It was time for a quick ride to the Palm Beach Inlet Friday afternoon. The temps weren’t too high and the wind was only about 7 mph out of the east. It was a perfect day to poke along shooting pictures for a future piece on Palm Beach’s Lake Trail.
Earlier in the day, I saw a Coastal Flood Warning show up on Weatherbug. I figured it was due to Tropical Storm Kyle kicking up the waves along the East Coast.
Debris on the trail
On the northbound leg, I saw debris on the trail that indicated that the water must have been high at some point. The trail borders the Intracoastal Waterway.
When I got to the Lake Worth Inlet at the north end of Palm Beach, the tide was rising higher than usual. The water was almost touching the bottom of the dock.
Now there’s water in the way
On the way back home, I came to a low spot and saw that there was about half an inch of water over the trail. Since the Intracoastal Waterway is brackish water, particularly when the tide is coming in, I slowed way down. Salt water is something you don’t want to have splashing all over your aluminum rims and frame.
LBS owner Wayne (remember Wayne?) took me to task one day for not carefully wiping my bike down after riding A1A along the ocean. He pointed out that my spokes and bars were rusting from the salt spray.
Stuff they don’t tell snow birds
When we first moved down here from the Rust Belt, I told someone that my car would probably last forever since I wouldn’t be driving through salt put on the roads to melt ice and snow. That was before I learned that they may not salt the roads like up north, but that the whole atmosphere down here is full of salt.
A company car owned by one of our execs was due for replacement and it was put up for sale. I knew he didn’t drive much and that he was very conservative, so I asked him if it would be a good deal. “I live in an oceanfront condo,” he said. “You don’t want that car. It’s just eaten up with rust from the constant exposure to salt air.”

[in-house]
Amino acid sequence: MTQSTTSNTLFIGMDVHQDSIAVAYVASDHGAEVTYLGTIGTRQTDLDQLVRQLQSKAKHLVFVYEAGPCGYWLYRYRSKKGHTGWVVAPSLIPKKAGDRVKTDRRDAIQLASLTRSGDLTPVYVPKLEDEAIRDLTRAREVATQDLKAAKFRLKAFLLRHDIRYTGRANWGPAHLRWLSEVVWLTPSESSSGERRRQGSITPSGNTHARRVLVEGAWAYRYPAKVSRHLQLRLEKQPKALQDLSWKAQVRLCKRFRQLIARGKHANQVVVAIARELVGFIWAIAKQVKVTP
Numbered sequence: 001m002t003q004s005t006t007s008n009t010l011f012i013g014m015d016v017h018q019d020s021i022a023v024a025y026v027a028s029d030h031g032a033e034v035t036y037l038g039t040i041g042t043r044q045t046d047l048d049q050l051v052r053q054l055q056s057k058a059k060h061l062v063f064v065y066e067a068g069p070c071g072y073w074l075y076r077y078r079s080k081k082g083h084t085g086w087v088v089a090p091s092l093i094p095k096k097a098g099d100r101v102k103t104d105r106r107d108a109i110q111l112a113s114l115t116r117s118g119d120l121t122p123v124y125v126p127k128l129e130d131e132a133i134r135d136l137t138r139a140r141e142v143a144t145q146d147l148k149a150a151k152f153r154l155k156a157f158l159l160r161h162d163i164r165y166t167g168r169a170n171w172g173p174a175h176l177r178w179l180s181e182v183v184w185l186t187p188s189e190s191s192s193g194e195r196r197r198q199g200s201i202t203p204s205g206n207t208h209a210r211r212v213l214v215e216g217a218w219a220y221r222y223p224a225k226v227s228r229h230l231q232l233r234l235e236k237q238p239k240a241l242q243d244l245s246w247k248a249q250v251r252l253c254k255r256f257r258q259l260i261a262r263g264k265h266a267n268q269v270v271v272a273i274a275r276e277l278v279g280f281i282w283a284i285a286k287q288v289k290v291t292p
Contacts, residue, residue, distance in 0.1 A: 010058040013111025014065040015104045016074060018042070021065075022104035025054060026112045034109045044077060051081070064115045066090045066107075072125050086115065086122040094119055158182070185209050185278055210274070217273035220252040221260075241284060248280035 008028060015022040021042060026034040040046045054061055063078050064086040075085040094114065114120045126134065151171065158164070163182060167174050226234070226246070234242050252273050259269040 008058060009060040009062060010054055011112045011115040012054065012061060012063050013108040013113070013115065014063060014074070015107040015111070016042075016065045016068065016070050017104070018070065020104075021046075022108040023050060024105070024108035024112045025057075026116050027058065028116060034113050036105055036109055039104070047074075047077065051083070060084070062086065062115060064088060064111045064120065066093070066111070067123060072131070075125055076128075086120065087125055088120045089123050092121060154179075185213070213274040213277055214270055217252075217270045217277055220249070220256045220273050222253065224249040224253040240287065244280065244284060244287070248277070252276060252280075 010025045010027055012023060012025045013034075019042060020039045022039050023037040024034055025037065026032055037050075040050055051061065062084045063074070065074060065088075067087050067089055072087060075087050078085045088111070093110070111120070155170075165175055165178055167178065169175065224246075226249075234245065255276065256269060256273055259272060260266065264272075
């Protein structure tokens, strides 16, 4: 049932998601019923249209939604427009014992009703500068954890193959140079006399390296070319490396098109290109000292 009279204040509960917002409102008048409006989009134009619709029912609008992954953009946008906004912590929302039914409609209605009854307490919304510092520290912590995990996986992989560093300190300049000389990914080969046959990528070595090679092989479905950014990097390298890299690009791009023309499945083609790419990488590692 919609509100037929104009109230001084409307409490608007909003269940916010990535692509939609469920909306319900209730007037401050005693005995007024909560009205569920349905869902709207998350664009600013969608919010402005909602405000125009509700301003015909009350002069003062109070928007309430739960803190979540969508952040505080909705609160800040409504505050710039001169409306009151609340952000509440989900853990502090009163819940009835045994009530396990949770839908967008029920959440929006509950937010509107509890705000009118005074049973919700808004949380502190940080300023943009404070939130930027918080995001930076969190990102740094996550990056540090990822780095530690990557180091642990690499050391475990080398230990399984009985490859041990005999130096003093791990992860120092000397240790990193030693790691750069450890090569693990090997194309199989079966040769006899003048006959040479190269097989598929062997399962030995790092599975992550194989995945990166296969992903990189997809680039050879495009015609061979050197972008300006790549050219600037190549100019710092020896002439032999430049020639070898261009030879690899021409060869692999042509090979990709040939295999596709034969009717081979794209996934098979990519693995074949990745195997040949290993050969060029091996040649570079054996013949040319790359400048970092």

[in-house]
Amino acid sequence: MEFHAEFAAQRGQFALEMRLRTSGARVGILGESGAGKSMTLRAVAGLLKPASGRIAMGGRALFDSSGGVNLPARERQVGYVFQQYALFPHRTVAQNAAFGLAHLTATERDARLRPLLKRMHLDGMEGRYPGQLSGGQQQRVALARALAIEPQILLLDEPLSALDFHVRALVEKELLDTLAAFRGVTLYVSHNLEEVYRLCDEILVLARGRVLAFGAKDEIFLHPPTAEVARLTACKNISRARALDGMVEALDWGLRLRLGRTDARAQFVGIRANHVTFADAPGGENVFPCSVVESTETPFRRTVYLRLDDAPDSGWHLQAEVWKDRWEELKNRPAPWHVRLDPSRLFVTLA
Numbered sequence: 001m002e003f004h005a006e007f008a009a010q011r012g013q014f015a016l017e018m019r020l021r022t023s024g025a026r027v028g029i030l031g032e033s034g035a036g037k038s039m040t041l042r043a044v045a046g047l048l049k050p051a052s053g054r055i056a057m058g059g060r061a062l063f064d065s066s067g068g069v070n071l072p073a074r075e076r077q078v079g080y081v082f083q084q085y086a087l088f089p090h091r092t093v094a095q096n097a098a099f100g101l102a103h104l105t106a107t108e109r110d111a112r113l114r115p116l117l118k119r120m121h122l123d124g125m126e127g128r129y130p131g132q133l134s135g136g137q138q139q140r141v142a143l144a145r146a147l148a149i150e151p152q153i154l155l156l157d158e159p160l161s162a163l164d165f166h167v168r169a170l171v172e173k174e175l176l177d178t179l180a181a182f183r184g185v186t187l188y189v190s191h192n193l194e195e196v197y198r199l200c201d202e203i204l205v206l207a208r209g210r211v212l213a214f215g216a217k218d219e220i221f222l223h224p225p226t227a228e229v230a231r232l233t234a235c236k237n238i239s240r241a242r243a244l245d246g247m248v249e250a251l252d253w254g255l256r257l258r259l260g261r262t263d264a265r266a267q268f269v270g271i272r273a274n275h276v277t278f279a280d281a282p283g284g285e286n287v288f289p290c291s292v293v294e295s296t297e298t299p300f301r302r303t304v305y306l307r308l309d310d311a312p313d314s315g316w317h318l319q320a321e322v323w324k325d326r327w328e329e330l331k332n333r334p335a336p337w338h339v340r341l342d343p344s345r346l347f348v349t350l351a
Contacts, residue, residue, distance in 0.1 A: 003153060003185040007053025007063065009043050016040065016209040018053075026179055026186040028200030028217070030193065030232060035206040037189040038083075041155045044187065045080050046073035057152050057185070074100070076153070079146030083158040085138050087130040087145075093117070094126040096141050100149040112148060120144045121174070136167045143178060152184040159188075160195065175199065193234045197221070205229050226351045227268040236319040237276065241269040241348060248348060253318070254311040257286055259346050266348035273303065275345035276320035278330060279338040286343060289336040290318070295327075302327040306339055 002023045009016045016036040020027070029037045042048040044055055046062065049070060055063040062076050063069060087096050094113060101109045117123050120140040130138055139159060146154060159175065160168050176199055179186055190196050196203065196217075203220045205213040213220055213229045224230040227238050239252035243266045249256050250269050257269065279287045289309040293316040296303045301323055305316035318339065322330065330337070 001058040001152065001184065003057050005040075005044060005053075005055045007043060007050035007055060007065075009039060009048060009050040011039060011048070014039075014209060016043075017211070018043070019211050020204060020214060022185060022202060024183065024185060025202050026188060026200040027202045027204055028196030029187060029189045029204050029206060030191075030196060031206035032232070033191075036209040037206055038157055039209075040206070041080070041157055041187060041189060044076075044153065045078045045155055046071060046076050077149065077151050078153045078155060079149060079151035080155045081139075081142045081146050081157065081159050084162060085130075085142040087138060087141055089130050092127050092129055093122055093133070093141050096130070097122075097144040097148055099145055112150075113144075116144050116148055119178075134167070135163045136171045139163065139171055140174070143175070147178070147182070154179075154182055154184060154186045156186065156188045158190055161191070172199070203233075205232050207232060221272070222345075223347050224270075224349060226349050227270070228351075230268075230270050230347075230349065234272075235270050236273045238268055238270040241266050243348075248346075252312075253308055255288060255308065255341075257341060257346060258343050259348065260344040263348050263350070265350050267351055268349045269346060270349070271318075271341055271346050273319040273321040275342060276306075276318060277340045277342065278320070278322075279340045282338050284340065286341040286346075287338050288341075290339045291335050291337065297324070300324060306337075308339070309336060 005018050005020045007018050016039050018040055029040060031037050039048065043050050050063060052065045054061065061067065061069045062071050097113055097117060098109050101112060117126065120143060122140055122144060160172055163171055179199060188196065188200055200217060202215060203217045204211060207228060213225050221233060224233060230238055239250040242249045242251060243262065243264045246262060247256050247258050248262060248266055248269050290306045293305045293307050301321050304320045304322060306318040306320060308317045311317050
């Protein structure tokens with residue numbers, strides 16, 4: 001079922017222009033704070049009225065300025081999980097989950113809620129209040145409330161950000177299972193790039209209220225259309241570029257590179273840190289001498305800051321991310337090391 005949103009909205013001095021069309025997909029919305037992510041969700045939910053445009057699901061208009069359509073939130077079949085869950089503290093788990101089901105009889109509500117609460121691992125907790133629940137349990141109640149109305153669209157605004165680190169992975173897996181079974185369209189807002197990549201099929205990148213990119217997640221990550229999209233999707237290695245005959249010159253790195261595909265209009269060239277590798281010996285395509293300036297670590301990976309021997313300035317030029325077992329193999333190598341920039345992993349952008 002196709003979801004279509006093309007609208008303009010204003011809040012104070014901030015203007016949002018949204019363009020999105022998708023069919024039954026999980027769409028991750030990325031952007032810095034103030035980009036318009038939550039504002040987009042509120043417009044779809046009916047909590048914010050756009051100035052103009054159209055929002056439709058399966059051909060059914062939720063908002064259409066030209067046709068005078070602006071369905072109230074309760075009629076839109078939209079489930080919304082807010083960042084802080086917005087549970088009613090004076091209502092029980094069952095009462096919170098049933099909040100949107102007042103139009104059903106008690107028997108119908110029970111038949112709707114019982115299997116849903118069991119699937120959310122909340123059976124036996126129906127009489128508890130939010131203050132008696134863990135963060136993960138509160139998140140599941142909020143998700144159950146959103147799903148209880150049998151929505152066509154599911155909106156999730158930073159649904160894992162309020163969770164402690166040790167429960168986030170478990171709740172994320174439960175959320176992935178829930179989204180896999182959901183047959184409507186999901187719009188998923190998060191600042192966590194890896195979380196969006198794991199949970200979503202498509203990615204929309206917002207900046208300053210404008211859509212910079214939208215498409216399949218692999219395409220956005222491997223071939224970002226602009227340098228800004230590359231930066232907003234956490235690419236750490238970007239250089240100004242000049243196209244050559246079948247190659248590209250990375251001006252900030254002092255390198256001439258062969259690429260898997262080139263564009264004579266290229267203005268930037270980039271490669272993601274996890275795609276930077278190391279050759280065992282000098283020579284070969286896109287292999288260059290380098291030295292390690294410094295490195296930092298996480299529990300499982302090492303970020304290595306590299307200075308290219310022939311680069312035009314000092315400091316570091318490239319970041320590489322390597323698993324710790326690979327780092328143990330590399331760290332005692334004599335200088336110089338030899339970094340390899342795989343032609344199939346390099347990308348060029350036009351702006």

When we rode from Key Largo to Key West, we struck up a conversation with a waitress who said she used to ride “up north,” but that you “couldn’t keep a bike down here.”
“Why? Is it because they get stolen?”
“No, its because they rust away. EVERYTHING down here rusts: your refrigerator, all of your applicances. Anything that’s made of metal rusts.”
Water was deeper by Dunbar
When I got to the intersection of Dunbar and Lake Trail, water was a couple of inches deep over the bike path. I got off and carried my bike over to dry pavement. That’s one of the advantages of biking in Shimano sandals. It doesn’t hurt if it rains or you have to wade water.
When I looked a hundred feet to the south, it was obvious that I was going to have to abandon the trail and take to the surface streets. The water ahead looked like it was a foot or two deep.
Shallow water is OK, but no telling what’s in deep water
I got to thinking about the Silver King sculpture I had passed at the Four Arts Museum at the start of the ride.
This is Florida. No telling what might be lurking just under the surface of that water.